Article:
Jerry Bledsoe of Asheboro, a long-time Beef Burger fan, book author and former columnist for the Greensboro News & Record, says it's the sauce that keeps folks coming. But beyond the food, he says, there is another force at play: nostalgia.

"Everybody likes institutions," Bledsoe says. "Everybody likes the comfortable. I still go by just to get a Beef Burger for old time's sake."

The restaurant virtually oozes old- fashioned appeal, from the red, yellow and teal panels on the exterior to the yellow, vinyl-seated booths and vintage video games inside.

Havis has consciously chosen not to modernize Beef Burger's appearance, working under an "if it ain't broke, don't fix it" philosophy.

"You want people to relate to stuff that their mommas and their daddys and sometimes even their granddaddys (knew when they) were eating here," he explains. "They say, 'Come on son, I'm gonna take you to a place where I used to eat at as a kid.' I hear that all the time. People like that."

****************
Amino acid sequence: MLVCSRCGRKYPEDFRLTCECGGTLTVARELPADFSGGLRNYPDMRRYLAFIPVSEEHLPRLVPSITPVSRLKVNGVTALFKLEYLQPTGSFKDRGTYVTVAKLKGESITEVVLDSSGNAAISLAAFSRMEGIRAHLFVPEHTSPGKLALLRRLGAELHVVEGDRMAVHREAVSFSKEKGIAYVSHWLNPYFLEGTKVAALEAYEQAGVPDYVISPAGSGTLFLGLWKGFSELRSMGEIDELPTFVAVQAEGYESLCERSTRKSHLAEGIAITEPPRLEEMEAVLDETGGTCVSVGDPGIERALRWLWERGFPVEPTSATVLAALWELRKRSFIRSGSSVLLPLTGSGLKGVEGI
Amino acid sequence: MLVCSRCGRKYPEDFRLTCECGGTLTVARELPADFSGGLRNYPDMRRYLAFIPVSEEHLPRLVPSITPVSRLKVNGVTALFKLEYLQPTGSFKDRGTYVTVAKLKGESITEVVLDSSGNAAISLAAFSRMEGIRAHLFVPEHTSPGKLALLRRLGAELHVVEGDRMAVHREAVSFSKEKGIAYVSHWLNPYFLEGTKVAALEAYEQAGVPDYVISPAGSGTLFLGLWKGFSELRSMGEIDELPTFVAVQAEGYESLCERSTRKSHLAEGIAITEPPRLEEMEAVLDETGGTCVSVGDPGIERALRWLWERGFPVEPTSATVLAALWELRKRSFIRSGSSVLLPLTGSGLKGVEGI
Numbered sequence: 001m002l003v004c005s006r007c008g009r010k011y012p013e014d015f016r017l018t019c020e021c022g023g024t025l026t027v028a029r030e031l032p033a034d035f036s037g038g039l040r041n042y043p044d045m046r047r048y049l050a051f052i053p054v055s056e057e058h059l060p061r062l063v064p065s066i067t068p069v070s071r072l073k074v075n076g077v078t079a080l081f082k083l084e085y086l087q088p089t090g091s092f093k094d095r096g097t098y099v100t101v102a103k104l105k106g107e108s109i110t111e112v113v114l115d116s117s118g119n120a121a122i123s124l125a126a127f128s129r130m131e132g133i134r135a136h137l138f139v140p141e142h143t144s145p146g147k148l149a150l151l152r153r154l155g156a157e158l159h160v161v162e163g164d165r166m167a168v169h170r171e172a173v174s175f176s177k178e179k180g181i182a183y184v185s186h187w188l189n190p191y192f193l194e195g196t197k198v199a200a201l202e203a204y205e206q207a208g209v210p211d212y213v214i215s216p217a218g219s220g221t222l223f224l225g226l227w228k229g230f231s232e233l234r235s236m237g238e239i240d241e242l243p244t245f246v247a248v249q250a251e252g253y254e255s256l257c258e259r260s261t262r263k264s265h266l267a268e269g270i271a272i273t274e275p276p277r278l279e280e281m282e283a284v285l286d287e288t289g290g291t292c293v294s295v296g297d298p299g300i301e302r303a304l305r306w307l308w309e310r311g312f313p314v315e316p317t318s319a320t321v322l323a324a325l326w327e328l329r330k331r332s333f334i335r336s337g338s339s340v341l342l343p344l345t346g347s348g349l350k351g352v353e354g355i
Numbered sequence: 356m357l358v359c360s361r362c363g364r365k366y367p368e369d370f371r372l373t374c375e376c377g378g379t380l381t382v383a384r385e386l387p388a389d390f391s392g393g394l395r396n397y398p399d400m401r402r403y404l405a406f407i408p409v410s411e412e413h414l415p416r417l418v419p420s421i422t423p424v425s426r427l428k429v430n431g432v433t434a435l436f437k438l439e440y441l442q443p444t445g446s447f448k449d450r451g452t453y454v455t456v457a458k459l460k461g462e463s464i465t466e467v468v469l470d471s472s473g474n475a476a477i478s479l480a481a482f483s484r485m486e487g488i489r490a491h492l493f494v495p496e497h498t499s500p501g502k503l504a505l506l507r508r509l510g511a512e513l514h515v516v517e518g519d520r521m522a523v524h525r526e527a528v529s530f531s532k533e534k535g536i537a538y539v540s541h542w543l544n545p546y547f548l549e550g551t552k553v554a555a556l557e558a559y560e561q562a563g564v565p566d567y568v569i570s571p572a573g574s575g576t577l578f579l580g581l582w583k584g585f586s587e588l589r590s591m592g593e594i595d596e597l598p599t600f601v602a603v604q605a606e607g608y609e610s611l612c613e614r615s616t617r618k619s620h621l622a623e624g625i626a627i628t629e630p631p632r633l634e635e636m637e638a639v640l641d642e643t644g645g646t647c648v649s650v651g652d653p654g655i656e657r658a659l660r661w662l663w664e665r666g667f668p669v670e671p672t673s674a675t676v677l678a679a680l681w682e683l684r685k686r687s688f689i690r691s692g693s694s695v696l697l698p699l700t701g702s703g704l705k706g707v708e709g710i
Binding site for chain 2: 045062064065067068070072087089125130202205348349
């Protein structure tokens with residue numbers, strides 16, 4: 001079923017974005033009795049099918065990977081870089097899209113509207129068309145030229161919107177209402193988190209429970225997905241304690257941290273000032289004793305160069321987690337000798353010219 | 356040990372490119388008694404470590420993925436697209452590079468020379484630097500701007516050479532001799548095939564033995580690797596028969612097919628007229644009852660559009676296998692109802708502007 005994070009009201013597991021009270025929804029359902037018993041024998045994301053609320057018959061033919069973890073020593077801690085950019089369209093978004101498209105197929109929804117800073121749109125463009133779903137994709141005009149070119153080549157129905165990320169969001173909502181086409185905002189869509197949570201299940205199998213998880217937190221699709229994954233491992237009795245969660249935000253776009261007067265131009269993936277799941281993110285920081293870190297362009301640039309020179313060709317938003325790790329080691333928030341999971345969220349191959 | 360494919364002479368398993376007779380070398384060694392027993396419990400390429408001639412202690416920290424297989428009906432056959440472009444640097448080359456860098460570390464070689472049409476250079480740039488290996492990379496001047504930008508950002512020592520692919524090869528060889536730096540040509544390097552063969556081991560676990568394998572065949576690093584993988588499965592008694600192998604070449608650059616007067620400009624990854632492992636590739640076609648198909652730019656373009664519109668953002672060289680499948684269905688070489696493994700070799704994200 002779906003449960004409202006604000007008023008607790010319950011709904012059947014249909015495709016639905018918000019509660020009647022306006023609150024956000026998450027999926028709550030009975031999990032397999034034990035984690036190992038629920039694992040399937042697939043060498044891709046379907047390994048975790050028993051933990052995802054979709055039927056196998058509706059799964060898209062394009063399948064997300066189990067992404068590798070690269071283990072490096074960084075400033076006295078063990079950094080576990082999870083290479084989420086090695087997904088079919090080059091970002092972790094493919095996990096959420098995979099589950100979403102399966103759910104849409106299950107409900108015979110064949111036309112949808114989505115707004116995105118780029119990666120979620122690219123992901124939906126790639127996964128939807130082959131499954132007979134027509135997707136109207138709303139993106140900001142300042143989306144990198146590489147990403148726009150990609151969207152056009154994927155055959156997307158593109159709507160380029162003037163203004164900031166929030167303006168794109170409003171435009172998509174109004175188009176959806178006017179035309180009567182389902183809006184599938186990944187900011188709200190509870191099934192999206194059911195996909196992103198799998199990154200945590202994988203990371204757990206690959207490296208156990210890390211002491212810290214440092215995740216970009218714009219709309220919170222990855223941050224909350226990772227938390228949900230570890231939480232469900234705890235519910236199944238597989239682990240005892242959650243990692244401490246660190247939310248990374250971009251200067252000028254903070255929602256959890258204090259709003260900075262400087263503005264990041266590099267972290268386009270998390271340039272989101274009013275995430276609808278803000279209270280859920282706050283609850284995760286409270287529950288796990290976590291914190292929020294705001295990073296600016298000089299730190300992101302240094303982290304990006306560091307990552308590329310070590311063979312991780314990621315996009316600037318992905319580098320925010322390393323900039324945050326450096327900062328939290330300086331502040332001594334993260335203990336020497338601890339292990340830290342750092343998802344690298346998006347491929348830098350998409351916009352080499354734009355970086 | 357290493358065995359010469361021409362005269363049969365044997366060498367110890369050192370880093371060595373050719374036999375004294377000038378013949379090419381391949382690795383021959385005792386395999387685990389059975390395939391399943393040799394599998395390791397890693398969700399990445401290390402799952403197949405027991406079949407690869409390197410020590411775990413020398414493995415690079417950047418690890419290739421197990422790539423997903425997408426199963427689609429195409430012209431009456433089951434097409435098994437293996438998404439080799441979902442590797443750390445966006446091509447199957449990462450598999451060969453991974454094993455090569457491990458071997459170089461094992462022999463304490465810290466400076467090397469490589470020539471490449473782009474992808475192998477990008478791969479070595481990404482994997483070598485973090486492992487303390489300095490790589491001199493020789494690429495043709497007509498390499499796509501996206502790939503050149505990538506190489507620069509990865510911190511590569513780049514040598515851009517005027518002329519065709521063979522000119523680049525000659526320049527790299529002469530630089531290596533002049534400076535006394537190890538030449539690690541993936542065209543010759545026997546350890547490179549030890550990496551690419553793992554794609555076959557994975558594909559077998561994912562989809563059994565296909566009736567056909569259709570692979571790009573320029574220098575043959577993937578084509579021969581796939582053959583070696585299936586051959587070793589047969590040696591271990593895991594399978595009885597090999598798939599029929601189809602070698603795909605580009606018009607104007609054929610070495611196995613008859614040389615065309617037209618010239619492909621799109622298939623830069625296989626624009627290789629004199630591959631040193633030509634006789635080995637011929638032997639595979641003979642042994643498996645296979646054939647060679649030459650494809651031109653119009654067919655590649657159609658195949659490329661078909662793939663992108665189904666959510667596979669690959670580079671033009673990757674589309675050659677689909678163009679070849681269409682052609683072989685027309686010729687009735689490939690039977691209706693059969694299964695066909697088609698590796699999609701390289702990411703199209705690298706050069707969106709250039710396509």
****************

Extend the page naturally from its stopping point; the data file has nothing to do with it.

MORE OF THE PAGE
Biff Burger Glory Days

Havis moved to Greensboro from Florida in 1961, when he was 18 and freshly out of high school. He took a job paying $1 per hour at the Biff Burger on West Lee Street -- one of three Gate City locations of the famous and now defunct burger chain.

"Minimum wage back then was 85 cents an hour," he says, "so I thought I was moving up in the world."

Havis worked as an employee at Biff Burger for the next 10 years. Along with meeting his wife there -- he says he fell in love with her when she came to the window one day and ordered a fish sandwich -- he also learned the restaurant business and how to keep customers happy.